More recently, both Google and Apple have announced Bluetooth type systems that are supposed to reduce the risks.  Apple CarPlay and AndroidAuto are supposed to display information from the smartphone without storing it. Cars equipped with these systems  may eliminate the current risks to your data (note: or create new ones).

Meanwhile, most rental cars do not have have these systems, and it will be a while before the technology diffuses through the fleet. As an interim measure, we can remember before we set up Bluetooth, to not sync the contacts.  It has also been suggested that we allow extra time when we return a rental car so that we remember to clear it from the Bluetooth pairing!!  The full recommendation is to do a complete factory reset of the Bluetooth (you might need to ask the rental agency to assist).  Apparently, the car’s navigation system will also need to be reset and cleared of its cookie-crumb trail.

Perhaps CarPlay and Android Auto will reduce the leakage of data, and drivers will be more assured that their information will remain private. That will also require that users trust these new systems, and possibly consider paying a monthly fee too.  One solution begets another problem, yet an even more bigger one.

The pairing of the smartphone and mobility brings ‘human sized’ challenges. The simplicity and ease of using Apple Play or Android Auto will encourage drivers and their passengers to interact with their smartphones more frequently. The developers overlook human issues: the cognitive burden of doing this is two-way, quite different from the interaction with simpler things, like a manually operated , turn knob, car radio. As our technology grows and our privacy does a reset, so does out ability to distract the driver even further.

Smartphone TuneUp

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A Smartphone TuneUp

It may be time to tune-up your phone, just like your car!

This month we add Smartphones to the  GrayHomesGreen Cars  title, as  they will increasingly propel mobility in the coming year. In 2017 more than 77% of Americans owned a smartphone , and 95% had a cell phone of some kind. That exceeds the number of drivers, which is 88% of people over  age 15.

There is a long history with our cars- nearly 125 years since they were invented. We have a short history with our smartphones- just ten years since the smartphone debuted.

We can enter the New Year with a fresh start if we depend on our cars less and our phones more. But, to do so we need to use our phones  mindfully and masterfully. As we transition to the age of smartphones, we take some practical lessons from our motoring experience.

 

(1) Get a TuneUp

Auto manufacturers recommend that we tune up our car at regular intervals-every 7,500 miles or so. That mechanical check-in keeps cars running well and avoids breakdowns further down the road.

The same principle applies to our smartphones. We periodically need to clean them up, digitally speaking. It is important to deal with the sheer volume of material- paring down saved downloads, moving pictures to a more permanent source, reduce the number of voice mails, and so forth. An average smartphone user accesses just 30 apps a month, but has downloaded one-third to one-half more.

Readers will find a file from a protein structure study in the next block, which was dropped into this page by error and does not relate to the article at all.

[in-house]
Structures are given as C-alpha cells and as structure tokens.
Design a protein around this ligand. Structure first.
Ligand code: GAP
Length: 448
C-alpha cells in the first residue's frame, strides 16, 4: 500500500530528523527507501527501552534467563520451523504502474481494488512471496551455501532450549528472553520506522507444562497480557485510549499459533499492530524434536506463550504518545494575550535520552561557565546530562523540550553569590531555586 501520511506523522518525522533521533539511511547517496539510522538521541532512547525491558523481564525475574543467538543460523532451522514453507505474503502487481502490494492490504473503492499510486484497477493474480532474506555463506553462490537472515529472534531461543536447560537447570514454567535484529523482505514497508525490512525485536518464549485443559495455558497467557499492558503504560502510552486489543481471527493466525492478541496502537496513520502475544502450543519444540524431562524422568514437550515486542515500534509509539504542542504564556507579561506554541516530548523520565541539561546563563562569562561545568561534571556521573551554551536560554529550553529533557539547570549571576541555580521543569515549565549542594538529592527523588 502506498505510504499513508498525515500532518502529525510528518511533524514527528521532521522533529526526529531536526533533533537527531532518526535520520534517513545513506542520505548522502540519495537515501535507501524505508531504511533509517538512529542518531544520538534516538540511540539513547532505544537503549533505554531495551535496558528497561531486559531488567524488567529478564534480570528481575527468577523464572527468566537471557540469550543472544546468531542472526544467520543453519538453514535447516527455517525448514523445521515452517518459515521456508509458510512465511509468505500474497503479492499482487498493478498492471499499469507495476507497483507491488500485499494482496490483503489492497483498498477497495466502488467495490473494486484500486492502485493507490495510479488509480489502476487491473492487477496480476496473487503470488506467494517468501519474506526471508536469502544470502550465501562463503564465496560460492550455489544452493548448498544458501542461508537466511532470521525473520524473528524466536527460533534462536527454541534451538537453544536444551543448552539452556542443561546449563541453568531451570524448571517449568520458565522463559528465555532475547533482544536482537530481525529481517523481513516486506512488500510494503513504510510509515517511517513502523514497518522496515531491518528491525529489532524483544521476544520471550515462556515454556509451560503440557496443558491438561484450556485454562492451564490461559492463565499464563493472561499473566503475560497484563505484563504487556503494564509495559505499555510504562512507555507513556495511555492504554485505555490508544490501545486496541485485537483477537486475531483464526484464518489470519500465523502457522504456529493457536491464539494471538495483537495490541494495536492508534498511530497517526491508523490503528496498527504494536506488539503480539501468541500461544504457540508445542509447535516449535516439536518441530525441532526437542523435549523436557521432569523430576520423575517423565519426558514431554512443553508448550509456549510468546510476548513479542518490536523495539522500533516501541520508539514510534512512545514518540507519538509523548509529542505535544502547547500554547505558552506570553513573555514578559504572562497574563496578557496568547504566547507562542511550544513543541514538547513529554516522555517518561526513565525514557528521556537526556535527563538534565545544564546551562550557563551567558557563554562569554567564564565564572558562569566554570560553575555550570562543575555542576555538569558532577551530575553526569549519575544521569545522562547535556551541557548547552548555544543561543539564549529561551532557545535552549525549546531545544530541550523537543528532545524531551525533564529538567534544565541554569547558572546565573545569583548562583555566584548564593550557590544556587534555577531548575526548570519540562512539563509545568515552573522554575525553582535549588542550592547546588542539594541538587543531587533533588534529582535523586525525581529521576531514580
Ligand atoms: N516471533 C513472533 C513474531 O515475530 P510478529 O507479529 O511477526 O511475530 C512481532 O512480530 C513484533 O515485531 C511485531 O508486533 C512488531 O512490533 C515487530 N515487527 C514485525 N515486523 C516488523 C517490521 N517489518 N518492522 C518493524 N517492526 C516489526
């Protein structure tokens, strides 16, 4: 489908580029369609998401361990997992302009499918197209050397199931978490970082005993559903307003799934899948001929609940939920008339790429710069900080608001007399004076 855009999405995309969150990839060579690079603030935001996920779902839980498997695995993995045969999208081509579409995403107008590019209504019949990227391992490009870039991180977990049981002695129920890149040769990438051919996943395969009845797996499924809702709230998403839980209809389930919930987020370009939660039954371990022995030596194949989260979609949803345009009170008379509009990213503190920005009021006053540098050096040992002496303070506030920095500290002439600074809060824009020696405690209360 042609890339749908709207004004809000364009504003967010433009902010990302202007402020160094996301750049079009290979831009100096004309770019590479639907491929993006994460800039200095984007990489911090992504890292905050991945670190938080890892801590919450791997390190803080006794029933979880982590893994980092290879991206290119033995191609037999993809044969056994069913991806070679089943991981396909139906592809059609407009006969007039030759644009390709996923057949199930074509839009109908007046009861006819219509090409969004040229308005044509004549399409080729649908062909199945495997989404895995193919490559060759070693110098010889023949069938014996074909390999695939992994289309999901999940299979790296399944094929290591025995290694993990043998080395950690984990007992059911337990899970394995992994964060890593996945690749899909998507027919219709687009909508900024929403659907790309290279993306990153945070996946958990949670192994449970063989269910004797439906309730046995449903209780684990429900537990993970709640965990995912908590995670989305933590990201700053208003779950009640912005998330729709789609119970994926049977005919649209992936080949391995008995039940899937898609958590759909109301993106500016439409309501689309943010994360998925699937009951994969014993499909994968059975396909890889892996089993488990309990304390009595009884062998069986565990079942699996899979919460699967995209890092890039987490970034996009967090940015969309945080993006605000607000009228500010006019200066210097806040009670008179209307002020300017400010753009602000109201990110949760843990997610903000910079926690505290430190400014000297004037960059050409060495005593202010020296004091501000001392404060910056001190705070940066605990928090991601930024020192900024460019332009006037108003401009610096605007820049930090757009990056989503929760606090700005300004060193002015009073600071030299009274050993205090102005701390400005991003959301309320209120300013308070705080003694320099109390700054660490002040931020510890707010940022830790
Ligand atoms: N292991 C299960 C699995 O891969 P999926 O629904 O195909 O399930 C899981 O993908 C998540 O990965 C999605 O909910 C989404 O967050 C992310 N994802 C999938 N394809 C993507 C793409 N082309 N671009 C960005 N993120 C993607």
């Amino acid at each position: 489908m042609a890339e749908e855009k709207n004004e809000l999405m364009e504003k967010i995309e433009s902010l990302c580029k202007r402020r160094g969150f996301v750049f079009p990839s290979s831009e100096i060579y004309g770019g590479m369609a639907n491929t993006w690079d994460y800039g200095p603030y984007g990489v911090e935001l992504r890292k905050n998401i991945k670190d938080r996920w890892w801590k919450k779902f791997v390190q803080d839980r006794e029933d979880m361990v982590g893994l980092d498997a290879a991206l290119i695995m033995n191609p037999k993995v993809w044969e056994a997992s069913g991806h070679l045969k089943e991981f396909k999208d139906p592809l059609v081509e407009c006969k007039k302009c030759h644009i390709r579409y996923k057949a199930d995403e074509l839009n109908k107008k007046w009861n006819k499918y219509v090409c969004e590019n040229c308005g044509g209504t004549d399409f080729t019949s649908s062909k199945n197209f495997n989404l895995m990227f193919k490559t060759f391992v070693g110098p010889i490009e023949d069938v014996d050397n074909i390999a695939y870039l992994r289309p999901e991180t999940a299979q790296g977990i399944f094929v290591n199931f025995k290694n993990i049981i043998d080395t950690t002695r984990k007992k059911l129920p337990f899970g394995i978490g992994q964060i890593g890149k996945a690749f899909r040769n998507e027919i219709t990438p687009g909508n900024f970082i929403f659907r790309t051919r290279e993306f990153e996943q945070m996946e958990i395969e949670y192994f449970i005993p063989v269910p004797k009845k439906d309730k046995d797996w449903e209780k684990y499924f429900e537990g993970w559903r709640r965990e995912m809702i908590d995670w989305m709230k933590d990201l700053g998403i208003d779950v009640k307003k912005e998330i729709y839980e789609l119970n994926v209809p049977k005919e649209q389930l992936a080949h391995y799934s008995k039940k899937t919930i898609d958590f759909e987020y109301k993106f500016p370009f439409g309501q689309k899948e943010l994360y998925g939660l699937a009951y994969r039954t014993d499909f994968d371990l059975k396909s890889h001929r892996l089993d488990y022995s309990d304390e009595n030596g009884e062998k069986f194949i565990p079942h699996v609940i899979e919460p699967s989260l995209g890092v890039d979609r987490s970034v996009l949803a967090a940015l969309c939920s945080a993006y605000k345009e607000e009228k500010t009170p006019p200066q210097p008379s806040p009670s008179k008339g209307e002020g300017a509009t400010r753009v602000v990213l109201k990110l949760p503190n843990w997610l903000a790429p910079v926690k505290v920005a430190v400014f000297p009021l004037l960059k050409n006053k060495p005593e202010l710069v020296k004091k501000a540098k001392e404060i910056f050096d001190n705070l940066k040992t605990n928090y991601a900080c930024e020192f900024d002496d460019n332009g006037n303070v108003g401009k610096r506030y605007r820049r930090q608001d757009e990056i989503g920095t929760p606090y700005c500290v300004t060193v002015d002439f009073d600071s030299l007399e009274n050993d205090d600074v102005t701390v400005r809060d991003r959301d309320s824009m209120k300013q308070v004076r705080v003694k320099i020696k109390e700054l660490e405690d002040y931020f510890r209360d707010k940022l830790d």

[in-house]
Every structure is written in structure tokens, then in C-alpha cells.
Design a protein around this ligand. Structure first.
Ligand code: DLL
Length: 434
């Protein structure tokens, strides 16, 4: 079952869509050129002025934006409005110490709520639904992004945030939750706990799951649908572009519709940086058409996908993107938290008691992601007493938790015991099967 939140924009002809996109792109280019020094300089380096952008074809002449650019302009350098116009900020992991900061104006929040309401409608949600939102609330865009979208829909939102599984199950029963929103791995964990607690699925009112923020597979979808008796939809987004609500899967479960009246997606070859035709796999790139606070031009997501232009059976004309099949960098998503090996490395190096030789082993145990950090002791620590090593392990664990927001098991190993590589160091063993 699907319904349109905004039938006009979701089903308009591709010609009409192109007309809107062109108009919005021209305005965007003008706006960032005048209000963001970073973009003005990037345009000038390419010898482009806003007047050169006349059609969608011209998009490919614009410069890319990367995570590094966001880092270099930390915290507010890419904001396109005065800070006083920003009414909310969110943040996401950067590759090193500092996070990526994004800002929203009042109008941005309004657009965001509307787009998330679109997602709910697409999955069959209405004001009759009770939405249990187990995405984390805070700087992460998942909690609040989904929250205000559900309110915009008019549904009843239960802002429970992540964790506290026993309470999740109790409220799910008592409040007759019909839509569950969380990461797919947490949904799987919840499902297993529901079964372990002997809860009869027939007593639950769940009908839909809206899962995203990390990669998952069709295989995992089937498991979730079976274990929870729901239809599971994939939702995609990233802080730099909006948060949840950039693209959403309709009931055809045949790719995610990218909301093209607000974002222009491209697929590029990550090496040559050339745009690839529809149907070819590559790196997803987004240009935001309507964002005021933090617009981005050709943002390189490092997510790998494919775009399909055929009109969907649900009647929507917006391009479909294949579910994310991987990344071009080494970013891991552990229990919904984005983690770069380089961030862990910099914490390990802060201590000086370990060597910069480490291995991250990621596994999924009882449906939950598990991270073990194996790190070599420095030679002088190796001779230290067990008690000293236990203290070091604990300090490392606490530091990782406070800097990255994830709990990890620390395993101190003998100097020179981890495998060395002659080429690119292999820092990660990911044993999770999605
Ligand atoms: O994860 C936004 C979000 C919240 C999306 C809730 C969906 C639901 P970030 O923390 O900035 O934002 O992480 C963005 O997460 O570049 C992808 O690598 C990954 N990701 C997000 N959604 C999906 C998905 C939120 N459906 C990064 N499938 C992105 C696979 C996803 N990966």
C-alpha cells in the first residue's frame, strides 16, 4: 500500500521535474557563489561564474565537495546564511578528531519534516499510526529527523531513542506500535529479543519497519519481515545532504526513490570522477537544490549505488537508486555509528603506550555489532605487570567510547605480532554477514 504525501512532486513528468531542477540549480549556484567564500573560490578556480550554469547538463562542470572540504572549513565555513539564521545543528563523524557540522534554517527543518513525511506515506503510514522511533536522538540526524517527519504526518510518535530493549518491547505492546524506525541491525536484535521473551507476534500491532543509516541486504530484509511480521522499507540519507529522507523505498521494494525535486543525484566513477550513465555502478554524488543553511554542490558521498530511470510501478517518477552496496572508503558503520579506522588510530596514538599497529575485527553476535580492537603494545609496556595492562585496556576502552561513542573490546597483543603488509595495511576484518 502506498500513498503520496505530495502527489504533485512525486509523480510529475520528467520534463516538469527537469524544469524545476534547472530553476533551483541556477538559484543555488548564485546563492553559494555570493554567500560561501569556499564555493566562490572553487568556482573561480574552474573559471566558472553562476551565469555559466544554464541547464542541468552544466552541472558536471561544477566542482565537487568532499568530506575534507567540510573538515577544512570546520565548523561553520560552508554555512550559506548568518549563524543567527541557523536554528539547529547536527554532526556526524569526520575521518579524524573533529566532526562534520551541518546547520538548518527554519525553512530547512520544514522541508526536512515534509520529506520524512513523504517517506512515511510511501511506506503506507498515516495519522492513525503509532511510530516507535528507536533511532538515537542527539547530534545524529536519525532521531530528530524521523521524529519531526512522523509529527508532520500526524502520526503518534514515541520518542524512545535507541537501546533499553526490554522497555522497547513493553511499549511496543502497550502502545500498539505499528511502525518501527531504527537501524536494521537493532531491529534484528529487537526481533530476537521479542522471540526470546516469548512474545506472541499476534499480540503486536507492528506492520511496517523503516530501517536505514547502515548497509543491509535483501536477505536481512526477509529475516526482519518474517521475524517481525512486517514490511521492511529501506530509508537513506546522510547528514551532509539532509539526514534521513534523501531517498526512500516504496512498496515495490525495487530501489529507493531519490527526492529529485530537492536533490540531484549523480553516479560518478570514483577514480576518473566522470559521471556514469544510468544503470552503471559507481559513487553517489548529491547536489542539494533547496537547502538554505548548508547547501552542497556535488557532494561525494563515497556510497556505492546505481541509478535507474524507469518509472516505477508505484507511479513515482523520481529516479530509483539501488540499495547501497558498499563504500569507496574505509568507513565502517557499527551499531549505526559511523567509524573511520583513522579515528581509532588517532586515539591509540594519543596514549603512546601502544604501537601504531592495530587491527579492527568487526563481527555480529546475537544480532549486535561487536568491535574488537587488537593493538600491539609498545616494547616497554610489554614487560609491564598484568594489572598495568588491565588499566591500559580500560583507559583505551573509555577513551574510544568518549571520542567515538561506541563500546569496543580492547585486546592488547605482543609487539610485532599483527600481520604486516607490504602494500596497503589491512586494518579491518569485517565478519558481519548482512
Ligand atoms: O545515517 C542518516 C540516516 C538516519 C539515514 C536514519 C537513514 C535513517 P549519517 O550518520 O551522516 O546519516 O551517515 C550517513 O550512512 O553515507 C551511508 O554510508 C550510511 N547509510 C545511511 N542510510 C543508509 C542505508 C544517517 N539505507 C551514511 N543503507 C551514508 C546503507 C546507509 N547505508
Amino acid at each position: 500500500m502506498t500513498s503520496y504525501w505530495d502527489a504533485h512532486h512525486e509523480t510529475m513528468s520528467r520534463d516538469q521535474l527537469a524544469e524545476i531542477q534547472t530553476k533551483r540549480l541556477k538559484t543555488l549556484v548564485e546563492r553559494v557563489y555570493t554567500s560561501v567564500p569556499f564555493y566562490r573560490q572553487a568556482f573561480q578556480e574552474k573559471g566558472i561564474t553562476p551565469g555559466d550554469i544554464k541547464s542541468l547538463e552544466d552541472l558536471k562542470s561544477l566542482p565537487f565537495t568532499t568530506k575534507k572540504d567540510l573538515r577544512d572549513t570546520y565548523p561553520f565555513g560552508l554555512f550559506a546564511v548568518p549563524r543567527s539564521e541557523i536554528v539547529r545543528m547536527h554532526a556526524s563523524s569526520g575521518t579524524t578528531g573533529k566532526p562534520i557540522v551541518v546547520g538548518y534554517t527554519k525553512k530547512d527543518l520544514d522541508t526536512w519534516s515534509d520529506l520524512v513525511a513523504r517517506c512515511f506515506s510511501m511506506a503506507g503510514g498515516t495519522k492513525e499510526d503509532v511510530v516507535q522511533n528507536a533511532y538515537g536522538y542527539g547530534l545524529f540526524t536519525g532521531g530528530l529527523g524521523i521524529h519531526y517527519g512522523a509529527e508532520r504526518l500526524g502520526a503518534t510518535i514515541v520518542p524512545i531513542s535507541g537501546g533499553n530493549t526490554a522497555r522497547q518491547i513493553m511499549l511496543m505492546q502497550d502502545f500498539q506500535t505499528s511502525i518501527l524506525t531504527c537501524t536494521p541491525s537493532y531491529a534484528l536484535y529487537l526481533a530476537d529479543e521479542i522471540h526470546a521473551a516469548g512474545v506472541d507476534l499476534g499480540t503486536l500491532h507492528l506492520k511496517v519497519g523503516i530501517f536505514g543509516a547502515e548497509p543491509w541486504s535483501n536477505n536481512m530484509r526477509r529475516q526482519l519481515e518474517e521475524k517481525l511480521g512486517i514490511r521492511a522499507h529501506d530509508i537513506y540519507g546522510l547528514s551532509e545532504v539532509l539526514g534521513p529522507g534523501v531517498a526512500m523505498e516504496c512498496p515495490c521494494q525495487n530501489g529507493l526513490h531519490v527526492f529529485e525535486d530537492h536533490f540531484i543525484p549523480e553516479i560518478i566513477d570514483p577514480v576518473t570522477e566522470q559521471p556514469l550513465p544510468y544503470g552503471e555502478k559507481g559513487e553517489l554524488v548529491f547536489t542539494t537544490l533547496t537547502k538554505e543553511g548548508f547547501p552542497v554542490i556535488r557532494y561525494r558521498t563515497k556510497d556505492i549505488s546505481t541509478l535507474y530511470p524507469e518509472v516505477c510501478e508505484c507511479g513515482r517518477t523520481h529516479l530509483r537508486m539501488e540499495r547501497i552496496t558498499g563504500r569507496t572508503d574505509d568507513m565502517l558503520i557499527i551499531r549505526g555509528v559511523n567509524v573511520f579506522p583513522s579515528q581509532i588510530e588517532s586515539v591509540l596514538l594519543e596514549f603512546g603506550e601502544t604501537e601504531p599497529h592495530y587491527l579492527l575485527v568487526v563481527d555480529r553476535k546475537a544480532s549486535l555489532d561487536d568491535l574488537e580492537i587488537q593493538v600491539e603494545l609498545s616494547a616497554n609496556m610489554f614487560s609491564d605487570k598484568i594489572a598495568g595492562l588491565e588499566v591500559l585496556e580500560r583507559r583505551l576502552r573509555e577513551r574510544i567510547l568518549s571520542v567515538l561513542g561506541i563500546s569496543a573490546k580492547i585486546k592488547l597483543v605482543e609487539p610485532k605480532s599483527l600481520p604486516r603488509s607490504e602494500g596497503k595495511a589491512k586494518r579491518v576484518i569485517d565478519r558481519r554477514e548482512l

The following YouTube video,  was apparently inspired by the Japanese author, Marie Kondo, and  it provides some steps for a quick tune-up.

 

(2) Do the Detailing

You see them lined up on a Saturday morning-  the car owners that go the carwash every weekend, and keep their vehicle spanking clean. Nearly all of us wish we could take the time to do that, and restore that new-car smell.

It turns out that smartphones need to be tidied up too- and it is easier than going to the carwash. You can develop a daily habit to remove finger prints, and wipe down the screen, the case, and the chargers. It only takes a second of time and a lint-free cloth.

While you probably will not put be able to put the phone back in the original box it came in, and recreate the excitement you felt when you first opened it, you will still feel better. And, you may be able to go further….pay attention to the bag or pocket you lug your phone in. Is that space clean, easy to reach, and not too mixed up with other things you have to carry?

 

(3) Count the Miles

If you lease a car, you know that it is important to track the number of miles, so that you do not exceed the terms of your contract. Likewise, if you expense your miles or drive for a living, you also count them.

The same principle, tracking where we have been and how much time we have spent, has an essential role for smartphones. On a daily basis, we may read and send hundreds of messages and texts, visit innumerable multiple web sites, and open our favorite apps multiple times. It’s a good idea to slow down and observe ourselves using our phones.

 

If you are feeling stressed this holiday season it may be because you are stacking too many new things onto your digital presence. Take a moment to step back, count the miles, or in this case, slow down and examine the distance you cover.

(4) Share!

Note: If you find this blog interesting or useful, please instagram to #declutterphone or twitter to #declutterphone. Please share…how you might simplify and organize your smartphone?